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Historically, teachers and administrators must show strength and bravery during tumultuous times. We tell ourselves that we must be strong for our students because the children need us. We must be a strong tower to lean on and very composed for all to see. Yet, some of us are falling apart inside and out. Today, let’s throw off the masks. Educators, admit that we’re not okay!
The year 2020 is half over, and it’s a bumpy ride. The year began like any other, and then COVID19 hit our nation and the world. We were not prepared for a pandemic. Schools closed without knowing that we would not return for the remainder of the year. Teachers and administrators had to shift gears in every area of education.
A recent Wall Street Journal article, The Results Are In for Remote Learning: It Didn’t Work, states the pandemic forced schools into a crash course in online education. Teachers are used to planning and preparing. COVID19 did not give us time to do so. Suddenly, students were sent home, and instantly, e-learning became a thing. Educators were thrown into a whirlwind. Districts quickly put together some guidelines to follow, but everything was haphazard. No one was ready for what hit us.
Students and parents were not prepared either for remote learning. Many students do not have access to the technology needed for e-learning. Districts tried to provide computers for students in need. Also, some students and parents do not have access to WiFi. Yes, companies offered access at a reduced rate, but some parents could not afford another bill. Everyone is stressed!
Teaching is a profession where communicating with students and parents is a priority. When classes are in person, seeing and speaking to your students is an everyday thing. We are on the frontlines like first responders. As educators, we develop relationships with the children and learn their nuances, triggers, likes, and dislikes. We can look in their faces or eyes and know when they are happy, sad, angry, or scared. Our students know our moods, and we know theirs. E-learning takes away a certain amount of humanity. The computer screen can hide emotions and signs of distress in the children we teach. So, to add on to the stress, we now have worry, too.
We worry for the students who were already on edge or have social-emotional issues. Schools are often a safe haven for children who live in unstable homes where physical or emotional abuse is present. Teachers and administrators also agonize for the families during the COVID pandemic. In schools with a majority of low-income families, parents are at risk of unemployment and financial calamity. We are anxious that our students are hungry and possibly homeless if their parents cannot afford to pay the rent.
Yet, educators are supposed to appear to be strong despite our anxieties. Again, we mask our feelings instead of admitting that we are not okay. Many teachers can tell you that they have lost track of some students. Despite calling emergency contacts and several phone numbers, a large percentage of children are lost in the system of remote learning. During a typical school year, we can make home visits and knock on doors. However, the pandemic has us on lockdown. When we cannot locate a student, it is a significant stressor. We care about the well-being of the children and their families.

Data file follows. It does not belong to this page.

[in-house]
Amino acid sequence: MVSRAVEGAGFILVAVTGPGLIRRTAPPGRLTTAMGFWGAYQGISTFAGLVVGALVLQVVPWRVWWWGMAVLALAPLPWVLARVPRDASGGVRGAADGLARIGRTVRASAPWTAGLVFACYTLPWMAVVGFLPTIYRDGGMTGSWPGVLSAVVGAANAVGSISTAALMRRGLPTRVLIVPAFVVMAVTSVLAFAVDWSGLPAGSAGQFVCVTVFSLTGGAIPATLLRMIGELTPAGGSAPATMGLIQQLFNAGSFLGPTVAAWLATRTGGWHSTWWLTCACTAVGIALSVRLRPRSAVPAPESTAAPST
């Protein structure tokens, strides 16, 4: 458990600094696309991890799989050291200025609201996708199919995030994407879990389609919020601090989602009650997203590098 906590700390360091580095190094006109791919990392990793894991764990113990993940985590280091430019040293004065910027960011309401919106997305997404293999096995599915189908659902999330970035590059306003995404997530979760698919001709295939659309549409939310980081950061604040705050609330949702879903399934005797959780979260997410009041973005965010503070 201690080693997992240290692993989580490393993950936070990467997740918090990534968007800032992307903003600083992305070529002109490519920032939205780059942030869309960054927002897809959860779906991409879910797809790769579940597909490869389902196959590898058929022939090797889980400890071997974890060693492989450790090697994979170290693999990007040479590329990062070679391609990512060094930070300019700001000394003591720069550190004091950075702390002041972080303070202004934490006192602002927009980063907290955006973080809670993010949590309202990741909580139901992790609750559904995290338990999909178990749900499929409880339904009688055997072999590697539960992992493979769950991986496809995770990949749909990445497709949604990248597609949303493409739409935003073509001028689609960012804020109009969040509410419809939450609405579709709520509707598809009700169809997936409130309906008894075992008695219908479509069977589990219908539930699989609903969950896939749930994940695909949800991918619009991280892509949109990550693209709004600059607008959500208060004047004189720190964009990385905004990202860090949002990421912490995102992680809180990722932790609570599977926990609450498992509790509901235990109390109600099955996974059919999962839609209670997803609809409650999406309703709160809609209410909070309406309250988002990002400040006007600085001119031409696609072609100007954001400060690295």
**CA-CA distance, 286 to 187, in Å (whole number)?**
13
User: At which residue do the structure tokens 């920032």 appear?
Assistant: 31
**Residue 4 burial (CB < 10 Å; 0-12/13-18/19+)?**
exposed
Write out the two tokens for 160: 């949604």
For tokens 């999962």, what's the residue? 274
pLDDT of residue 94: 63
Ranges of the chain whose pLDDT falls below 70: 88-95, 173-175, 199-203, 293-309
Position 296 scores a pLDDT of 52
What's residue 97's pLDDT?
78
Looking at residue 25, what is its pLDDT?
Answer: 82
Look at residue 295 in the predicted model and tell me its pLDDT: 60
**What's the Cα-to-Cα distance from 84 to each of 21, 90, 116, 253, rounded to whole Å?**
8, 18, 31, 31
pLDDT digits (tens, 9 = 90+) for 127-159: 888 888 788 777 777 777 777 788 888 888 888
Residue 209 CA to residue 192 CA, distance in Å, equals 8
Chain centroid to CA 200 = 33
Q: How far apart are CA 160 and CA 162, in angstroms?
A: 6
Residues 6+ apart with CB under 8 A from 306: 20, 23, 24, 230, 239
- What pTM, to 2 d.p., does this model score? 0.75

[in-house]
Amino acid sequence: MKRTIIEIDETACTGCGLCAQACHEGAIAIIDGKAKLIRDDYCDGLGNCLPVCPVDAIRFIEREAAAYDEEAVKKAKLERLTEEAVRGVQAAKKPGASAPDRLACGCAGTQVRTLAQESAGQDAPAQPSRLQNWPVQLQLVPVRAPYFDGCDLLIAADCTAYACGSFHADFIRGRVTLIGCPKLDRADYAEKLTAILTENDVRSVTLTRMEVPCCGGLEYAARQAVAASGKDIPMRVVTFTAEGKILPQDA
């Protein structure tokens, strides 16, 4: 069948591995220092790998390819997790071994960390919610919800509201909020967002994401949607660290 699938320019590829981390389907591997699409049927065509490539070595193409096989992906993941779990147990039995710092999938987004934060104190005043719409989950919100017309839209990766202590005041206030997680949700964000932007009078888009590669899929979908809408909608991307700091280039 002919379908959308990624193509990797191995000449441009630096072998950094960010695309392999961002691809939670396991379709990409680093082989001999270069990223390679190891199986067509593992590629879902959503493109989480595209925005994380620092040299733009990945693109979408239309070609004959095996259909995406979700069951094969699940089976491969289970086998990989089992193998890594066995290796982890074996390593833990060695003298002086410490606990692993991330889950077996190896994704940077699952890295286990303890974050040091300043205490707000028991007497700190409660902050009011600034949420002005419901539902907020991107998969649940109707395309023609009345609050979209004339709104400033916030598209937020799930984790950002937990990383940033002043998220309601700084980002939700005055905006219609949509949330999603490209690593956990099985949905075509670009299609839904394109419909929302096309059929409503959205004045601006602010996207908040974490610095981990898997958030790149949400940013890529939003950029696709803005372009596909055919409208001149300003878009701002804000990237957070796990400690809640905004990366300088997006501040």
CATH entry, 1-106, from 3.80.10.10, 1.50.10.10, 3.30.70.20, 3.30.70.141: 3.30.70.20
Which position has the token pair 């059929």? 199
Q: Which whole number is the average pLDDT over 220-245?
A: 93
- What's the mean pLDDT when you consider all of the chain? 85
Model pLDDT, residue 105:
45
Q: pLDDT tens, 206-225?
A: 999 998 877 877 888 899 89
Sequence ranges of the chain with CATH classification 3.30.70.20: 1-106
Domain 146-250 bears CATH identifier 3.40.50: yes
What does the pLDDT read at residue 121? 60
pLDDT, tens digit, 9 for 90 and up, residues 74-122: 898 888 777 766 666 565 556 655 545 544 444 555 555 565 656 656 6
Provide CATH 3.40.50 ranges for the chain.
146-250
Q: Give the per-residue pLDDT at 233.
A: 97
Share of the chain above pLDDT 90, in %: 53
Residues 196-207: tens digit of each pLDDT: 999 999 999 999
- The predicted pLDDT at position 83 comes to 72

Just as COVID19 threw us all out of whack, the killing of George Floyd by a Minneapolis police officer lit a fire across the United States. Peaceful, protesters, rioters, and looters took to the streets in major cities. Neighborhoods and communities took massive hits of destruction. Buildings, stores, pharmacies, and more no longer exists in areas that were already barely existing. Now, our students had to witness a mix of peaceful protests, violence, and destruction. They also witnessed the explosion of anger and trauma like the combustion of emotions. Plus, the children don’t have the school building as a safe haven anymore. Again, we are unable to reach out to comfort our students during the turmoil. It’s too many unknowns for us to handle.
Educators, let’s admit that we’re not okay! Why are we expected to be fine? How do we deal with much heartache, burdens of the pandemic, and the societal ills that affect our students? These issues are traumatic for us, too. Why are we expected to be experts at e-learning at the drop of a dime? No one was prepared for remote learning to be the only source of teaching for months. How do we deal with the expectations that educators must weather any storm, no matter how devastating?
Teachers and administrators, let’s begin with admitting that we’re not okay and just as fragile as any other humans. We are hurting, too. It is okay to cry, shout, and be vulnerable. If you need to seek support, don’t hesitate to reach out to a counselor, colleague, or family member. The last thing you want to do is hold in your emotions and become overwhelmed with distress. Your worries and concerns need to be heard, too. Admit that you are not okay and take the time to heal.
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